Sunday, June 26

Edwin Moses: “The reality of becoming an Olympic champion is brutal”

Edwin Moses (Dayton, 1955) is still heavily involved in the world of sports and athletics despite retiring more than 35 years ago. The double Olympic 400m hurdles champion is an ambassador for the Laureus Foundation and now chairs the USADA (US Anti-Doping Agency), in his commitment to clean sport. Protagonist in the recent MARCA Sport Weekend, Moses shared his thoughts on Athletics and more specificially, the hurdles.

Question: In Malaga you’ve done several activities with runners in the street. How important are activities like these to continue connecting people with athletics?

Answer: It’s very important. We do these kinds of events all over the world, all the time. In the United States, we do them in Los Angeles, New York and Miami, Atlanta, New Orleans. We’ve done them through laureaus in many other parts of the world. In India, in Brazil, in Germany, here in Spain, in the UK. Sports days are really important for families to be able to get out, bring their kids, participate in activities, and everyone has a good time. It’s all about fitness and wellness. We do everything we can to help families involve their kids, the parents as well, to do biking, swimming and Triathlon and these kinds of things.

Q: You’re a member of Laureus. How important is sport for social change?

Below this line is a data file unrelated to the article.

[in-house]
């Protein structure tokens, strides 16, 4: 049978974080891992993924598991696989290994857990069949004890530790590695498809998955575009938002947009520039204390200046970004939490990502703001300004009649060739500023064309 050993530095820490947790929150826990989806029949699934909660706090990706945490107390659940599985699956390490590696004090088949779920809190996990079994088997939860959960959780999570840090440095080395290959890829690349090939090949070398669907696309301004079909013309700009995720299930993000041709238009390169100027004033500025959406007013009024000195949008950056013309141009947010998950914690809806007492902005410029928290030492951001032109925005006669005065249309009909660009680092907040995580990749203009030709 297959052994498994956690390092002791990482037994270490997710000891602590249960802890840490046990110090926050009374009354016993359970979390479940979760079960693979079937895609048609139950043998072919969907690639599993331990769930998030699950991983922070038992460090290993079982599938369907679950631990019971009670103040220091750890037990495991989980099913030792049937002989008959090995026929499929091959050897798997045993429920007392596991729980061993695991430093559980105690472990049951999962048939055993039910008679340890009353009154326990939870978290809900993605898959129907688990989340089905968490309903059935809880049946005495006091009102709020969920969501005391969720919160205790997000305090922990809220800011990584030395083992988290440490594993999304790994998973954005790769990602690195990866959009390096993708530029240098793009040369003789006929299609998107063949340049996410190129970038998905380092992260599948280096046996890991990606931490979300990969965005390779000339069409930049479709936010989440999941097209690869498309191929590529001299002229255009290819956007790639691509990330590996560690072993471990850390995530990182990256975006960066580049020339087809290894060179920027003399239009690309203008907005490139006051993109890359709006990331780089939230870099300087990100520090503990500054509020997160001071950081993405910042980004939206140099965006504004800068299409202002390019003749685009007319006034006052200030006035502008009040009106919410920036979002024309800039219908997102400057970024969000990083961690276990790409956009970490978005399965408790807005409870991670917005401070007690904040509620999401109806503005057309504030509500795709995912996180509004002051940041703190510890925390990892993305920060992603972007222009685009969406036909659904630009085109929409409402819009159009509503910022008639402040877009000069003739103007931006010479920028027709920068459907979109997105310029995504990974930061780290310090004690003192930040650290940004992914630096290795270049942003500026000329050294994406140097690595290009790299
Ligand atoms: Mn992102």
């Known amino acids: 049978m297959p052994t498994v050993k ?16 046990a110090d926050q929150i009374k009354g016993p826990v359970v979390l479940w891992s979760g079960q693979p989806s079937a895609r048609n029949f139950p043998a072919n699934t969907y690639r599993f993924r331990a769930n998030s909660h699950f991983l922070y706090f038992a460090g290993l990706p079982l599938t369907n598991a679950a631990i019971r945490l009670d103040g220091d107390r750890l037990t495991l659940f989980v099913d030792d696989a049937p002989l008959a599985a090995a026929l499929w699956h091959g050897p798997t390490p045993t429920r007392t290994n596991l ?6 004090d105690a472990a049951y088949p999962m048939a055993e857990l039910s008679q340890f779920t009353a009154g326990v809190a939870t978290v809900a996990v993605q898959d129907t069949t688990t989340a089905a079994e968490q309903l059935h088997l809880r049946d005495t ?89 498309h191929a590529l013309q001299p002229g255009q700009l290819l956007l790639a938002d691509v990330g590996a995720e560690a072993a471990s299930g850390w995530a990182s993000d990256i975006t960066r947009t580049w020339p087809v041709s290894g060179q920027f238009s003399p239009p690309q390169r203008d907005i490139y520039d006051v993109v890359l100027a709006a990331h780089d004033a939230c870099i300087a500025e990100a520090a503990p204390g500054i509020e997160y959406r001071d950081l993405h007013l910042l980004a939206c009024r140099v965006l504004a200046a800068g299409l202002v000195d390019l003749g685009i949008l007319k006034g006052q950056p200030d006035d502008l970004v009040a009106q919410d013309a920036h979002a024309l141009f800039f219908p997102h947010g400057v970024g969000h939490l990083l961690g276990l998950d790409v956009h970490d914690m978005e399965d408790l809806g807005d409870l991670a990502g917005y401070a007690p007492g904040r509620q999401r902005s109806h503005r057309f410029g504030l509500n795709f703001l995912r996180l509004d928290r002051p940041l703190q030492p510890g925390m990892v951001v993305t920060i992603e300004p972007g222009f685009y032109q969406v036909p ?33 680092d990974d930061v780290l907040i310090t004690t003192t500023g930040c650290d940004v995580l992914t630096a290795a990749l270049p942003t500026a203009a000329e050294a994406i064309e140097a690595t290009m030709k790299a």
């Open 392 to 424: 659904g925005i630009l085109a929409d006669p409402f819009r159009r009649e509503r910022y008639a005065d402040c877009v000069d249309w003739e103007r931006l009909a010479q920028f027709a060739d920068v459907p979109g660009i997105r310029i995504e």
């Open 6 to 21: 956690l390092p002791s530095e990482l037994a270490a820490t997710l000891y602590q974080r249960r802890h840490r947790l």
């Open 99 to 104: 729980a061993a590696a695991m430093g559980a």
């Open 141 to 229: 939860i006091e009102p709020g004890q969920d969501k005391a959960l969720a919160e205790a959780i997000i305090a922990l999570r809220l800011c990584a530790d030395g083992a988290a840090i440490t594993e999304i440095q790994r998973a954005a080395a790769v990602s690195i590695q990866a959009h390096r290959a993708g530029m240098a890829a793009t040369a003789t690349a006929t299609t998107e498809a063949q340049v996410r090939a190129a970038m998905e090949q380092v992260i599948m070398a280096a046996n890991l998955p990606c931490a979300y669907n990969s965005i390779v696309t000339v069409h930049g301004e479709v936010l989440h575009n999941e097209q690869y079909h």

A: Well, we’ve done quite a bit of research and we’ve got the research to back it up. Everyone knows that sport is good for something, but at Laureus, we’ve been researching it for many years. We monitor our projects and the results show that we can empirically state what the benefits are and therefore do things we know are going to make the difference. That’s what we’ve been doing that for the last ten or 15 years, specifically measuring the kind of outcomes that we want to see versus what we think is going to happen. Then two or three years later, we can look at the numbers, improve the sports to ensure they are beneficial not just physically, but mentally as well.

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CORRIENDO CON LAS ESTRELLAS. MSW22 lt;HIT gt;MARCA lt;/HIT gt; SPORT WEEKEND MALAGA 2022

CORRIENDO CON LAS ESTRELLAS. MSW22 lt;HIT gt;MARCA lt;/HIT gt; SPORT WEEKEND MALAGA 2022ANGEL RIVEROMARCA

Q: Are you involved in any other projects at Laureus?

A: I mean that’s what we mostly do at Laureus. We don’t build stadiums; we don’t build playgrounds. We invest in people, these projects are centred around our clients, the kids, teenagers, young children. These are the people we want to help.

Q: You’ve always defended clean sport and now you’re the President of the United States Anti-doping Agency? What’s the objective of the agency and do you think that you’re winning the war on doping in athletics?

A: Well, it’s all subjective. You’re never going to win the fight against people drunk driving. There’s always going to be someone out there who does it. But, we have made significant progress by giving the athletes the trust that the system is looking to protect the playing field for the average clean professional. That’s when you begin to make a difference, when you begin to change people’s minds, when athletes believe that the cheaters are being caught and thus the temptation of doing it is reduced significantly. We’re doing as much as we can. You’re never going to absolutely get rid of it, but we’re balancing the playing field and making sure that it’s level for 95% of the people that are going to compete.